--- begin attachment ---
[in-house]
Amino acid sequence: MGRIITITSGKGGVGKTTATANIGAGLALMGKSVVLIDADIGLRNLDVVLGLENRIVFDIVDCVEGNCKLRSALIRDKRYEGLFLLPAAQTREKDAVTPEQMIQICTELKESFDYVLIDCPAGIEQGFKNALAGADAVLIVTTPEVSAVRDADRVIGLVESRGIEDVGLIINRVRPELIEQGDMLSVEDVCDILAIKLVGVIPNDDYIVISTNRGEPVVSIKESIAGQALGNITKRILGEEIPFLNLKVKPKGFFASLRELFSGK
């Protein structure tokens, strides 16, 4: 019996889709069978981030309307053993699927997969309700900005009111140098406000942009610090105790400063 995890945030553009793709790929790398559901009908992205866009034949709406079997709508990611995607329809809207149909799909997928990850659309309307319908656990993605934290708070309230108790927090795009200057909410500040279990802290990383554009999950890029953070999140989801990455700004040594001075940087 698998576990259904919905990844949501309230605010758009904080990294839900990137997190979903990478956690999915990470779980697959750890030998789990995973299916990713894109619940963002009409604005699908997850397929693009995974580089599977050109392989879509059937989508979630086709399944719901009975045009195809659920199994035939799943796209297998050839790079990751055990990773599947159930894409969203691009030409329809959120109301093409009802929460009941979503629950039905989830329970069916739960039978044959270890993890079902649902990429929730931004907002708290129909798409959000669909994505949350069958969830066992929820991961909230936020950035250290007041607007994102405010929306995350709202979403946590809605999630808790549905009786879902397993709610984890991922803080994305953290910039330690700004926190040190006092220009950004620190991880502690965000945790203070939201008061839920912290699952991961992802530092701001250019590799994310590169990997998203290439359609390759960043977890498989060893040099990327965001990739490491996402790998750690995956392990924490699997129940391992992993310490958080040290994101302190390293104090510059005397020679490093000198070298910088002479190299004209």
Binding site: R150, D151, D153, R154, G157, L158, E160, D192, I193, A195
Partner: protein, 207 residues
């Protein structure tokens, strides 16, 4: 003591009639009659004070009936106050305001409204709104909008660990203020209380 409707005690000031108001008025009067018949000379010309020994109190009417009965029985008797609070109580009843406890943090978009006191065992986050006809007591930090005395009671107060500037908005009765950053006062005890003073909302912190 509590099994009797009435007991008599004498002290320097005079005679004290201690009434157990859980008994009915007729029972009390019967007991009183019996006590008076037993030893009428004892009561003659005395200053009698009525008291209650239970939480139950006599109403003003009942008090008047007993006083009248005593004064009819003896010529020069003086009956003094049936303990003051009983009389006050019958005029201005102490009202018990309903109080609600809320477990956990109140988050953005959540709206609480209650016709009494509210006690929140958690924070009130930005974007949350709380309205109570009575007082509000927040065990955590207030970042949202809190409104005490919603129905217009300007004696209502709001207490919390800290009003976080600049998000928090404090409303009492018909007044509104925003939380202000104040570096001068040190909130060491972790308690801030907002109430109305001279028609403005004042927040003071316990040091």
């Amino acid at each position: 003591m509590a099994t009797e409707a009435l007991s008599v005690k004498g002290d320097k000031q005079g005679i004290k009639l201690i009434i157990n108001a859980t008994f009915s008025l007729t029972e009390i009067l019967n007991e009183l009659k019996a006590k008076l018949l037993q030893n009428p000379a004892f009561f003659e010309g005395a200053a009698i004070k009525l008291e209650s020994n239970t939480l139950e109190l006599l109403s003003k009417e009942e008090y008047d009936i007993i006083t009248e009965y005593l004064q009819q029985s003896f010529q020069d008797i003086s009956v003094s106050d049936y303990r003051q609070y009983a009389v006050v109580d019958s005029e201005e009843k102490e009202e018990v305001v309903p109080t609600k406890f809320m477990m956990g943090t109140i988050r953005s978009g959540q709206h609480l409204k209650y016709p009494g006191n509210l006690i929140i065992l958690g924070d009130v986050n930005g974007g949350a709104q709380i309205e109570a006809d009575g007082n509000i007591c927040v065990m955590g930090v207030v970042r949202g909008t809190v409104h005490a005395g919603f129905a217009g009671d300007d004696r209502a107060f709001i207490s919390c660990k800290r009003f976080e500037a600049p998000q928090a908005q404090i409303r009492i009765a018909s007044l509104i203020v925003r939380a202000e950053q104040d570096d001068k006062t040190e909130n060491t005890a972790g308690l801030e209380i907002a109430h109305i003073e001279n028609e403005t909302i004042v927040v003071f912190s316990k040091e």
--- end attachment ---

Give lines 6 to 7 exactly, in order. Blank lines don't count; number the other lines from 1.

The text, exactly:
């Protein structure tokens, strides 16, 4: 003591009639009659004070009936106050305001409204709104909008660990203020209380 409707005690000031108001008025009067018949000379010309020994109190009417009965029985008797609070109580009843406890943090978009006191065992986050006809007591930090005395009671107060500037908005009765950053006062005890003073909302912190 509590099994009797009435007991008599004498002290320097005079005679004290201690009434157990859980008994009915007729029972009390019967007991009183019996006590008076037993030893009428004892009561003659005395200053009698009525008291209650239970939480139950006599109403003003009942008090008047007993006083009248005593004064009819003896010529020069003086009956003094049936303990003051009983009389006050019958005029201005102490009202018990309903109080609600809320477990956990109140988050953005959540709206609480209650016709009494509210006690929140958690924070009130930005974007949350709380309205109570009575007082509000927040065990955590207030970042949202809190409104005490919603129905217009300007004696209502709001207490919390800290009003976080600049998000928090404090409303009492018909007044509104925003939380202000104040570096001068040190909130060491972790308690801030907002109430109305001279028609403005004042927040003071316990040091």
């Amino acid at each position: 003591m509590a099994t009797e409707a009435l007991s008599v005690k004498g002290d320097k000031q005079g005679i004290k009639l201690i009434i157990n108001a859980t008994f009915s008025l007729t029972e009390i009067l019967n007991e009183l009659k019996a006590k008076l018949l037993q030893n009428p000379a004892f009561f003659e010309g005395a200053a009698i004070k009525l008291e209650s020994n239970t939480l139950e109190l006599l109403s003003k009417e009942e008090y008047d009936i007993i006083t009248e009965y005593l004064q009819q029985s003896f010529q020069d008797i003086s009956v003094s106050d049936y303990r003051q609070y009983a009389v006050v109580d019958s005029e201005e009843k102490e009202e018990v305001v309903p109080t609600k406890f809320m477990m956990g943090t109140i988050r953005s978009g959540q709206h609480l409204k209650y016709p009494g006191n509210l006690i929140i065992l958690g924070d009130v986050n930005g974007g949350a709104q709380i309205e109570a006809d009575g007082n509000i007591c927040v065990m955590g930090v207030v970042r949202g909008t809190v409104h005490a005395g919603f129905a217009g009671d300007d004696r209502a107060f709001i207490s919390c660990k800290r009003f976080e500037a600049p998000q928090a908005q404090i409303r009492i009765a018909s007044l509104i203020v925003r939380a202000e950053q104040d570096d001068k006062t040190e909130n060491t005890a972790g308690l801030e209380i907002a109430h109305i003073e001279n028609e403005t909302i004042v927040v003071f912190s316990k040091e």